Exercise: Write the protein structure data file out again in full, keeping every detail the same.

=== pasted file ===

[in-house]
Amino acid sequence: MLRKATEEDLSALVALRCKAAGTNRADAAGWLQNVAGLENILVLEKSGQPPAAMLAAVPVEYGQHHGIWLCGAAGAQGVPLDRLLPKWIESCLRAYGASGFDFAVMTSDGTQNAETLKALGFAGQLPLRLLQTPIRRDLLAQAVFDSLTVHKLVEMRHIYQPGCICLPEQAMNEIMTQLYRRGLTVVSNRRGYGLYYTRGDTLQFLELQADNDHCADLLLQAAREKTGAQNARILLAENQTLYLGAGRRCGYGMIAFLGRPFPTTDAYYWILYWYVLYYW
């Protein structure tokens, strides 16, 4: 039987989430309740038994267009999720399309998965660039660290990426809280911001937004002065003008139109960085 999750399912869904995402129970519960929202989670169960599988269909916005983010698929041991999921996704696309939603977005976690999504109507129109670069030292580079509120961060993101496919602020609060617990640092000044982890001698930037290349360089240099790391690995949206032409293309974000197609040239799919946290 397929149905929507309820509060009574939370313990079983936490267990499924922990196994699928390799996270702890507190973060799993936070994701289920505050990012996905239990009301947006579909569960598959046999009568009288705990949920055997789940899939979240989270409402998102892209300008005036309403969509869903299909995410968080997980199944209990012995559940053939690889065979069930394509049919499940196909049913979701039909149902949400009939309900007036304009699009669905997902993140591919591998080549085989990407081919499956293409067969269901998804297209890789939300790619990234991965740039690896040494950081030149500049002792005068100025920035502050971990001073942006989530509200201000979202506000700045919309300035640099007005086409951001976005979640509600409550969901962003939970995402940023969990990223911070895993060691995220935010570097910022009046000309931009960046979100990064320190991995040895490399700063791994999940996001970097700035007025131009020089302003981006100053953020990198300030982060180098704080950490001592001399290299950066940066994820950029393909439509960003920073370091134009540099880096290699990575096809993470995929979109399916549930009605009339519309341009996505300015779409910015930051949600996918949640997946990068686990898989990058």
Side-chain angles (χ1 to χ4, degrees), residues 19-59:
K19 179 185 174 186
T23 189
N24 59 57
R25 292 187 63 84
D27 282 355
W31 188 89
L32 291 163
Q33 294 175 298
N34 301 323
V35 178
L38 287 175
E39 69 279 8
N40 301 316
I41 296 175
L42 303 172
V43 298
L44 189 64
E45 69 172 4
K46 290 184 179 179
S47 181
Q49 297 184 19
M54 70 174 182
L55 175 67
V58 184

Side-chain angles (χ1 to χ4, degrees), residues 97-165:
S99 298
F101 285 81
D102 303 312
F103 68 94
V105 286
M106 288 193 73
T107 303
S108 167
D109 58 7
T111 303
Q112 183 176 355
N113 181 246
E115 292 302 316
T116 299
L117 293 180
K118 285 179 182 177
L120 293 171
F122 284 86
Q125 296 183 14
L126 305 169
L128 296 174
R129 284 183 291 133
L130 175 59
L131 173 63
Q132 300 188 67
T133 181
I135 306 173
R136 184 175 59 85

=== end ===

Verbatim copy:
[in-house]
Amino acid sequence: MLRKATEEDLSALVALRCKAAGTNRADAAGWLQNVAGLENILVLEKSGQPPAAMLAAVPVEYGQHHGIWLCGAAGAQGVPLDRLLPKWIESCLRAYGASGFDFAVMTSDGTQNAETLKALGFAGQLPLRLLQTPIRRDLLAQAVFDSLTVHKLVEMRHIYQPGCICLPEQAMNEIMTQLYRRGLTVVSNRRGYGLYYTRGDTLQFLELQADNDHCADLLLQAAREKTGAQNARILLAENQTLYLGAGRRCGYGMIAFLGRPFPTTDAYYWILYWYVLYYW
């Protein structure tokens, strides 16, 4: 039987989430309740038994267009999720399309998965660039660290990426809280911001937004002065003008139109960085 999750399912869904995402129970519960929202989670169960599988269909916005983010698929041991999921996704696309939603977005976690999504109507129109670069030292580079509120961060993101496919602020609060617990640092000044982890001698930037290349360089240099790391690995949206032409293309974000197609040239799919946290 397929149905929507309820509060009574939370313990079983936490267990499924922990196994699928390799996270702890507190973060799993936070994701289920505050990012996905239990009301947006579909569960598959046999009568009288705990949920055997789940899939979240989270409402998102892209300008005036309403969509869903299909995410968080997980199944209990012995559940053939690889065979069930394509049919499940196909049913979701039909149902949400009939309900007036304009699009669905997902993140591919591998080549085989990407081919499956293409067969269901998804297209890789939300790619990234991965740039690896040494950081030149500049002792005068100025920035502050971990001073942006989530509200201000979202506000700045919309300035640099007005086409951001976005979640509600409550969901962003939970995402940023969990990223911070895993060691995220935010570097910022009046000309931009960046979100990064320190991995040895490399700063791994999940996001970097700035007025131009020089302003981006100053953020990198300030982060180098704080950490001592001399290299950066940066994820950029393909439509960003920073370091134009540099880096290699990575096809993470995929979109399916549930009605009339519309341009996505300015779409910015930051949600996918949640997946990068686990898989990058």
Side-chain angles (χ1 to χ4, degrees), residues 19-59:
K19 179 185 174 186
T23 189
N24 59 57
R25 292 187 63 84
D27 282 355
W31 188 89
L32 291 163
Q33 294 175 298
N34 301 323
V35 178
L38 287 175
E39 69 279 8
N40 301 316
I41 296 175
L42 303 172
V43 298
L44 189 64
E45 69 172 4
K46 290 184 179 179
S47 181
Q49 297 184 19
M54 70 174 182
L55 175 67
V58 184

Side-chain angles (χ1 to χ4, degrees), residues 97-165:
S99 298
F101 285 81
D102 303 312
F103 68 94
V105 286
M106 288 193 73
T107 303
S108 167
D109 58 7
T111 303
Q112 183 176 355
N113 181 246
E115 292 302 316
T116 299
L117 293 180
K118 285 179 182 177
L120 293 171
F122 284 86
Q125 296 183 14
L126 305 169
L128 296 174
R129 284 183 291 133
L130 175 59
L131 173 63
Q132 300 188 67
T133 181
I135 306 173
R136 184 175 59 85